The complaint, filed in U.S. District Court in Seattle in mid-December, alleges that the management and directors of Isilon made untrue statements and omitted facts in its communications to shareholders as Isilon stock fell more than 80% after December 2006, when it went public in a $108 million offering.
The lawsuit names VCs Barry Fidelman, a partner at Atlas Venture, Matthew McIlwain, a managing director at Madrona, and Greg McAdoo, a partner at Sequoia, as defendants. It alleges that they “engaged in acts, practices and a course of business that operated as a fraud or deceit.”
Each VC cited as a defendant declined to comment.
The next step for the plaintiffs will be to compare the restated financials to the financials presented in the IPO prospectus, says attorney Matthew Handley on behalf of law firm
Handley’s firm has been pursuing its own line of inquiry about Isilon’s financials. Handley says that former employees said that they were aware of revenue recognition issues at the time they were employed at Isilon. “This [announcement] gives us a little more to go back to these witnesses with.”
Handley expects his firm to file an updated complaint on March 28 that will contain more information related to the case.
To be sure, class action lawsuits are not unusual when publicly traded companies experience a sharp decline in share price. However, this suit is noteworthy since Isilon was once a high-flying IPO. The stock of the Seattle-based company, which debuted at $13 a share, rose to more than $27 a share within a few weeks of its IPO. Last week, the stock was trading at just under $6 per share.
“There are law firms that have computer programs in which a decline in stock price triggers the word processor,” says Hank Barry, a lawyer with
Isilon estimates that it will adjust $7 million of the $67.4 million of previously reported revenue across three quarters. Isilon found three reasons for the misstated revenue. The company counted some of its sales to resellers as revenue although those resellers had not yet identified customers; it swapped its storage product for another unmentioned company’s software and counted the products it delivered as sales; and it counted some sales before customers ever actually signed over any money.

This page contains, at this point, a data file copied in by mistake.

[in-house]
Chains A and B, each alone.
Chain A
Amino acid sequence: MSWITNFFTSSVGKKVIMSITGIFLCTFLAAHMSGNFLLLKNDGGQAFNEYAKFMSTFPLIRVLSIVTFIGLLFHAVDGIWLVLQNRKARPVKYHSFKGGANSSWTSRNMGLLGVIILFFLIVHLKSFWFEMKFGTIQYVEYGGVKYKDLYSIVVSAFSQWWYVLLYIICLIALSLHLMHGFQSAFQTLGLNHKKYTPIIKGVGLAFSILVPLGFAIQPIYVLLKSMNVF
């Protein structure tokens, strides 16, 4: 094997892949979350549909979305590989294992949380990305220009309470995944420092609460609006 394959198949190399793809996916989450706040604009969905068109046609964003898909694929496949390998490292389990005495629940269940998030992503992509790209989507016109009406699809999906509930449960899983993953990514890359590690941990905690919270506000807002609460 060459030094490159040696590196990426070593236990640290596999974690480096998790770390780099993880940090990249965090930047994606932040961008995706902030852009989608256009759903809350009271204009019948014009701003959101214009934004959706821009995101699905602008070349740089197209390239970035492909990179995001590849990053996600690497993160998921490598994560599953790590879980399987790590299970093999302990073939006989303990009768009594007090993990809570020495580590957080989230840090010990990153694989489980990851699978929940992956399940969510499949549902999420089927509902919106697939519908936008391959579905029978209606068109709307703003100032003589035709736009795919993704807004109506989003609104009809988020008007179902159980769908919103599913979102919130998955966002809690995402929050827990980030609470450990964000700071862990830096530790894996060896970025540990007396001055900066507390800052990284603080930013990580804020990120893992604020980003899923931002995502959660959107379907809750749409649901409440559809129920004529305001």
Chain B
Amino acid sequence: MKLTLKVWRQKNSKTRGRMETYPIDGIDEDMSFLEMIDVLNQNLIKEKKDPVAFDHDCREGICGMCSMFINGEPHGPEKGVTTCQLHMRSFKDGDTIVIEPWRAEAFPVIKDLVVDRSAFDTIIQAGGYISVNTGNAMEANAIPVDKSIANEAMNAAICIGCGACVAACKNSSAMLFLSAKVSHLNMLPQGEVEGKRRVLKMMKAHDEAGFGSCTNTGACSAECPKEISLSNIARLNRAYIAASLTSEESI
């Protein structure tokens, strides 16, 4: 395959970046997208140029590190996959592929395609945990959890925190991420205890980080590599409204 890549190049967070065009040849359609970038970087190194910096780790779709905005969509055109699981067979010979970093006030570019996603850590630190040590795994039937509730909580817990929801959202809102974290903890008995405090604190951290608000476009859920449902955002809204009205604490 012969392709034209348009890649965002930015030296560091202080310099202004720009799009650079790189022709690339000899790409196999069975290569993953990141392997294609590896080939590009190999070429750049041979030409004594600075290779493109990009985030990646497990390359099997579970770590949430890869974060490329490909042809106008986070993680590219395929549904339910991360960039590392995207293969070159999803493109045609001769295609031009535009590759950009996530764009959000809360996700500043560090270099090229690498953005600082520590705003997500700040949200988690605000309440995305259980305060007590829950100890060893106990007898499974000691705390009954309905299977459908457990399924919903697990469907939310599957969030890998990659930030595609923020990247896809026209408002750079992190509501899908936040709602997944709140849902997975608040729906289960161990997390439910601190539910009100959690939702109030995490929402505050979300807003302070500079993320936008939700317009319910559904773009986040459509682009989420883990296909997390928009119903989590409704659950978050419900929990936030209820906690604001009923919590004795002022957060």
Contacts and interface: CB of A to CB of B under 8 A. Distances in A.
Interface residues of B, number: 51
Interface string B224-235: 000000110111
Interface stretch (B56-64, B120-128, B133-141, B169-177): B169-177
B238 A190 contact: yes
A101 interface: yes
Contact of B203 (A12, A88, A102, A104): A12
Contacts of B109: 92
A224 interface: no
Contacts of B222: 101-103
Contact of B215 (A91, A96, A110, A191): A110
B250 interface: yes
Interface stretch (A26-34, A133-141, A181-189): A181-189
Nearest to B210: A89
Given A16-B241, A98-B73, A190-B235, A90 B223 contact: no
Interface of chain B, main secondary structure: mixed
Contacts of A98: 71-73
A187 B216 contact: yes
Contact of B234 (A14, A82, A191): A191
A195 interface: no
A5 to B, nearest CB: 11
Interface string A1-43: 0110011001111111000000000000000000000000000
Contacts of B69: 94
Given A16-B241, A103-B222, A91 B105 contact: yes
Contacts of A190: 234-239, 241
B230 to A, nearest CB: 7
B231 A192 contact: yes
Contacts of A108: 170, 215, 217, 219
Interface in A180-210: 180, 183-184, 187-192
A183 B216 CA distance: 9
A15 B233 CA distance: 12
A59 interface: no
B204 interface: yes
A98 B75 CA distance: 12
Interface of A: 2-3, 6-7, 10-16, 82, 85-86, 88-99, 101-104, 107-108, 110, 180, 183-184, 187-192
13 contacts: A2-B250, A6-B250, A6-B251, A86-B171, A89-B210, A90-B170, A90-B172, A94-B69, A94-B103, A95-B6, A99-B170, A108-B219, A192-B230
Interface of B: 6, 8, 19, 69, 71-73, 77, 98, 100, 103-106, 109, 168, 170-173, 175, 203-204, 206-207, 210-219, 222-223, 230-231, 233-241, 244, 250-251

It’s important to note that it does not appear that any of the three venture firms, which are the largest shareholders in Isilon, has sold any shares in the company. The most recent ownership statements on file show that Atlas holds 14.78 million shares, Sequoia with 11.65 million and Madrona with 10 million—the same positions they held following the company’s December 2006 IPO, according to Thomson Financial (publisher of PE Week). It appears that Madrona distributed a big chunk of its shares to its limited partners in June, but the firm declined to comment.
Had they sold at Isilon’s 52-week high of $25.50, the three venture funds could have raised a combined $929 million. That would have been a hefty return on investment, considering the company raised about $71 million in total venture funding from 2001 through 2006 before it went public.
The only venture firm that appears to have attempted to sell Isilon shares is
Betting on a rebound
But Isilon may not be able to rebound from the beating it has taken in the public market. Wall Street analysts have suggested that the company may be shopping for a strategic acquirer. The company could be worth as much as $350 million in a sale, according to Clay Sumner, an analyst at
The company’s shares might even be a good value investment. “We believe there is value in the company’s technology leadership, and we think the company is a potential acquisition candidate, which is not likely factored into the stock price,” Aaron Schwartz, an analyst at
One hedge fund certainly seems to agree with Schwartz’s assessment.
Artis bought more than 4 million shares, or 6.6% of Isilon’s stock outstanding, worth $20.6 million between Sept. 30 and Dec. 31 last year, documents show.